Fans of direct democracy should be excited about the increased use of state ballot initiatives to legalize marijuana use. Direct democracy  allows citizens to enact and change laws, instead of electing representatives to make important decisions for them. One of the ways that the United States utilizes direct democracy is through state ballot initiatives. If a group of voters wants to get an initiative on the ballot to pass a law in their state (there is no initiative process for federal elections), the group must first get enough voters to sign a petition supporting the initiative. The number of signatures required varies by state. If the group satisfies the signature requirement, the initiative is put on the ballot for the next statewide election to be voted on by the people.

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Presidential primary suspended: Why doesn’t it matter?

by Eli Mackey

Washington State’s 2012 Presidential Primary is among the recent victims sacrificed at the altar of budgetary woes. The financial problems left in this listless economy granted no immunity to matters of seemingly great civic importance. Washington State has become the first in the nation to suspend its 2012 Presidential Primary election as a result of budgetary constraints.  Instead, Washington will rely on caucuses to determine which delegates to send to the convention. The caucuses, which measure the degree of support for a given candidate from a gathering of community members to determine the proportion of delegates, will be sponsored by the Republican and Democratic parties. The move is said to save nearly ten million dollars from Washington State’s budget.

While Secretary of State, Sam Reed, notes that this is a one-time resolution in response to the 5.2 billion dollar budget gap, he indicated that the primary has more than ten times the turnout than the caucuses. For example, in 2008 the primary drew approximately 1.4 million people while the caucuses included fewer than 100,000. This may be due in part to the fact that the primary system does not exclude overseas voters. Caucuses are typically attended by individuals closely affiliated with their respective parties. As a result, the caucus forum gives party activists greater voice in a candidate’s election than the common voter might otherwise have given a primary. The GOP’s 2012 caucus will be held on March 3, while the Democrats’, with no challenge to President Obama’s renomination, will be held on April 15.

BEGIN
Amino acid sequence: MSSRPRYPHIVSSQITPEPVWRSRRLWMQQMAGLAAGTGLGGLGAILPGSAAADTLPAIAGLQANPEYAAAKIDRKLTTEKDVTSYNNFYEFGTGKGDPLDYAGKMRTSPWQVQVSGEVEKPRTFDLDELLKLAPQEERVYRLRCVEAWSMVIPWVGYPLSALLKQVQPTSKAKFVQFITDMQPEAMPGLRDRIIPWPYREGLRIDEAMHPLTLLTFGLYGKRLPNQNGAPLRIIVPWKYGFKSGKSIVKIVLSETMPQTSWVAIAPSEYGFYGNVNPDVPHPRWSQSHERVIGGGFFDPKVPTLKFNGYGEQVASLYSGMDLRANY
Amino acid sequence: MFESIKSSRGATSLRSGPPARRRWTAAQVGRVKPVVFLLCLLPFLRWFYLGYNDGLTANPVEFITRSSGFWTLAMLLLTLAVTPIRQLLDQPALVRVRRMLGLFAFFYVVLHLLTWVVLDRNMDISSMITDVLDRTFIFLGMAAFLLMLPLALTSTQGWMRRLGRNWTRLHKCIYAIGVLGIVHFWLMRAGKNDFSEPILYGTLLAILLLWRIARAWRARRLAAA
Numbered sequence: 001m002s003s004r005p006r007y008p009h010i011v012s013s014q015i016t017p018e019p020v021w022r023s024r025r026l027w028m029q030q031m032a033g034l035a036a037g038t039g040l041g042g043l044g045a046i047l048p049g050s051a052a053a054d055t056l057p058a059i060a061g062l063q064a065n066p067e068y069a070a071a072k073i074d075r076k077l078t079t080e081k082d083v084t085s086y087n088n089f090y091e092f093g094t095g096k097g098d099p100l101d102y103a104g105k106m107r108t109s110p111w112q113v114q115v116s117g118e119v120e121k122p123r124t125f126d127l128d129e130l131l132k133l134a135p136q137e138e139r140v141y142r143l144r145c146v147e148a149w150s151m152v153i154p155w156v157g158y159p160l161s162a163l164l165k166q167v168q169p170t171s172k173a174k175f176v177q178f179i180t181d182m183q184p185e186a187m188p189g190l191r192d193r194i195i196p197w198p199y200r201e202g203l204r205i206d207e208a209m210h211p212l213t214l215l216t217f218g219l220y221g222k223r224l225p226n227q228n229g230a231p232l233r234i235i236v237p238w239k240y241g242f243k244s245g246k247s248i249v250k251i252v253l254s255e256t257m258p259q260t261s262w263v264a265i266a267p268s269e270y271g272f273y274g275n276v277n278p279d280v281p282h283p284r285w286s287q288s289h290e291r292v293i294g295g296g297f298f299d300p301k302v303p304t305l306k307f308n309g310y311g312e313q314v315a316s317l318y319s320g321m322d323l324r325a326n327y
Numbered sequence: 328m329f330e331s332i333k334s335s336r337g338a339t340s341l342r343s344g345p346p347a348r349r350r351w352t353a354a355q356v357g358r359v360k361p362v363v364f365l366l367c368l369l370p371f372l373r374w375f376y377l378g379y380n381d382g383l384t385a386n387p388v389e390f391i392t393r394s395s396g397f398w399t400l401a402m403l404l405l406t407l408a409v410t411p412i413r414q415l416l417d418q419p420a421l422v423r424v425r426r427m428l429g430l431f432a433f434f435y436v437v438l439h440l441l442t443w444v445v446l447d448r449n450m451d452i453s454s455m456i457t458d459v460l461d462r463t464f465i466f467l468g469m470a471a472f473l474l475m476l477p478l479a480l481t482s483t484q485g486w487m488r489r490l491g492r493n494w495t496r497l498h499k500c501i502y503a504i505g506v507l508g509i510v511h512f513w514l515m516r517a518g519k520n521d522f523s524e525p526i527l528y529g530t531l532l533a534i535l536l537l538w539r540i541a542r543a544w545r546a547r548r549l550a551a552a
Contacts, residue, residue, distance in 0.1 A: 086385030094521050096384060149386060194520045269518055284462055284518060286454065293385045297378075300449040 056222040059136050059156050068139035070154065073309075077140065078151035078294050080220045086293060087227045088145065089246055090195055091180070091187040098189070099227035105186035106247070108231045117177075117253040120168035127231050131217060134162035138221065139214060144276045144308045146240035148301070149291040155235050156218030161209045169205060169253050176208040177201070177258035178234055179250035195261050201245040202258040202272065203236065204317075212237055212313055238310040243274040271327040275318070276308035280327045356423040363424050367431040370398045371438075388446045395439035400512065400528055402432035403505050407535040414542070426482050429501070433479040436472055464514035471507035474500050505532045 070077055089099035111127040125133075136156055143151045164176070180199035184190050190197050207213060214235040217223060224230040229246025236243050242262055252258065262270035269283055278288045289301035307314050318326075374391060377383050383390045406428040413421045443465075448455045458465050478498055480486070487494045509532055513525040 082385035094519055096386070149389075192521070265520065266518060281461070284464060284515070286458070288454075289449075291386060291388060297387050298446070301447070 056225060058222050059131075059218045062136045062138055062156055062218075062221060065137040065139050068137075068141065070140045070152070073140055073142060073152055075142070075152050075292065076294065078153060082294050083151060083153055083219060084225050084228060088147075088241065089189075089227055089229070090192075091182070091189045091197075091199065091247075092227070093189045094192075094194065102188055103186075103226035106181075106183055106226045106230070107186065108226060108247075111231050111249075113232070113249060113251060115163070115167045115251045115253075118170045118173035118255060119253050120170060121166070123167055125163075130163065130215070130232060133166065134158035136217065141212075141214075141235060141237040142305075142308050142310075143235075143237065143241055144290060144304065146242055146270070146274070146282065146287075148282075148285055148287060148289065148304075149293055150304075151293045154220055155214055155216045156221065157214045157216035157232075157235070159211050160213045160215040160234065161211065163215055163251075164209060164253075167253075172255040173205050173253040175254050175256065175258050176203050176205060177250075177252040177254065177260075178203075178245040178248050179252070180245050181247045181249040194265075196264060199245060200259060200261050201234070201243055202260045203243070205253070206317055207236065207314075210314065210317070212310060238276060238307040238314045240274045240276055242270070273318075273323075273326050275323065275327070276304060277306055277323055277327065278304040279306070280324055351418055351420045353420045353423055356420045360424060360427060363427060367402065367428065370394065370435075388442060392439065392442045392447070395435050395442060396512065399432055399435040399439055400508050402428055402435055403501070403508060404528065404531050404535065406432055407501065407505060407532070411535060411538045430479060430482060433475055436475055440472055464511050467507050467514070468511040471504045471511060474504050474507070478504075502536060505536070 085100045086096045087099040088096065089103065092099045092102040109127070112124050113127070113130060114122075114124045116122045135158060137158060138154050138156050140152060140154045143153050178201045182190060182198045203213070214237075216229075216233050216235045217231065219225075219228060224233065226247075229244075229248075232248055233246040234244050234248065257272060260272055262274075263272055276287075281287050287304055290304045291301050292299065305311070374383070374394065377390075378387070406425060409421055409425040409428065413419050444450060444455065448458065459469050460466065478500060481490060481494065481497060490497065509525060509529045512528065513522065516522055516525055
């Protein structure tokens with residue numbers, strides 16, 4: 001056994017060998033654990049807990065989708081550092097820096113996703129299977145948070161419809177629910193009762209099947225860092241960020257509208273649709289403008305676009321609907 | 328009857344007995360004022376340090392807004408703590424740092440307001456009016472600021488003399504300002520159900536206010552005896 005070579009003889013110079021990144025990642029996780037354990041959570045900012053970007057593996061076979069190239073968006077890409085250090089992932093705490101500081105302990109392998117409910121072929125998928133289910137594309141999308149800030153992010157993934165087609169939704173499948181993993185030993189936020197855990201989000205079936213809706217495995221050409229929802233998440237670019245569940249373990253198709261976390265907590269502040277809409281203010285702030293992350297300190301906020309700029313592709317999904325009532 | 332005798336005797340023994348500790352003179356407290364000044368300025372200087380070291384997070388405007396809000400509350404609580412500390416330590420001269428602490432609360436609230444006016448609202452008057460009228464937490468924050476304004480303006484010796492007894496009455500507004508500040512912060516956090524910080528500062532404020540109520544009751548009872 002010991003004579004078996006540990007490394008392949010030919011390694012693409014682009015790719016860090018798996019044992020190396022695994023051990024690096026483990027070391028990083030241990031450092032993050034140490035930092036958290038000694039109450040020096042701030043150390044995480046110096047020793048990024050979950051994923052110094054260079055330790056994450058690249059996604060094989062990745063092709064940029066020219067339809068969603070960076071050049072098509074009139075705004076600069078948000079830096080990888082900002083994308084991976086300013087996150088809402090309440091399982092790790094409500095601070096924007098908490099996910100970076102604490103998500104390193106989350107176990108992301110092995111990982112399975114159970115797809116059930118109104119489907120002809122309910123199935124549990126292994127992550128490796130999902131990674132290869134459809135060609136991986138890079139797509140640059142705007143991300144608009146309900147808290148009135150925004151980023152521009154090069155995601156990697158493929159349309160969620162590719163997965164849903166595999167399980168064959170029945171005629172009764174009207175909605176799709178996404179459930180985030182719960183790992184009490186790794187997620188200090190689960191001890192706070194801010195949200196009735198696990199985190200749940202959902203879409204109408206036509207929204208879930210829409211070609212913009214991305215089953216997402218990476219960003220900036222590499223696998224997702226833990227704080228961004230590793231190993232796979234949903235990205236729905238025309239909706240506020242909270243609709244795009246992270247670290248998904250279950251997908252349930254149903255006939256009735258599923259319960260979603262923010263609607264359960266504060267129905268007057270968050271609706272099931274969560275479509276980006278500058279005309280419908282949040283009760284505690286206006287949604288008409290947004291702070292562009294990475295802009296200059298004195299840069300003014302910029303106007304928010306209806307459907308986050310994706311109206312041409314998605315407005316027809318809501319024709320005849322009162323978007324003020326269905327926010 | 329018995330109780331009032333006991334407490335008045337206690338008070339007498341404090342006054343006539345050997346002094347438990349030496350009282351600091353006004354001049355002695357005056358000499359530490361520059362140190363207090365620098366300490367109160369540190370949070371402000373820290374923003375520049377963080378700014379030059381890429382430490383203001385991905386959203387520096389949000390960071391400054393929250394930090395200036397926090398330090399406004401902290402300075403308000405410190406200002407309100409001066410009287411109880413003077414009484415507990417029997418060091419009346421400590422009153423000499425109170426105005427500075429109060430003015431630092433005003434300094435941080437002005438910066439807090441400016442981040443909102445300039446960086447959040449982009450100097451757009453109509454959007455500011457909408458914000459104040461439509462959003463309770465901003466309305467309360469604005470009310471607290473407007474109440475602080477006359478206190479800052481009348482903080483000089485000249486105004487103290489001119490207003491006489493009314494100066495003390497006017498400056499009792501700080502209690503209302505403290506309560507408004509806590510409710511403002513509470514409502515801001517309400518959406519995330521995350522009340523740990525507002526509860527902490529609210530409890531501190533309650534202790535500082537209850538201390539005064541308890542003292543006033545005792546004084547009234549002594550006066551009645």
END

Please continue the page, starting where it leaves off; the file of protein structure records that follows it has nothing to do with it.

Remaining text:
Washington voters passed an initiative establishing the primary system in 1989 reflecting the desire of ordinary people to be more engaged in the presidential electoral process. However, the delegate allocation has traditionally been left to caucus results. Even with the primary, the Democratic Party issues its delegates based on caucus results, while the Republican Party has allocated half of their delegates based on primary results with the other half on caucus results. Thus, some have rightfully pointed out that the primary system in Washington is largely symbolic as its results have only a partial impact. Given Washington State’s financial posture and the reality that the primary system has been largely ceremonial since its institution, it seems that it was a no–brainer for this legislation to be signed into law by the Democratic governor, Christine Gregoire. Continue reading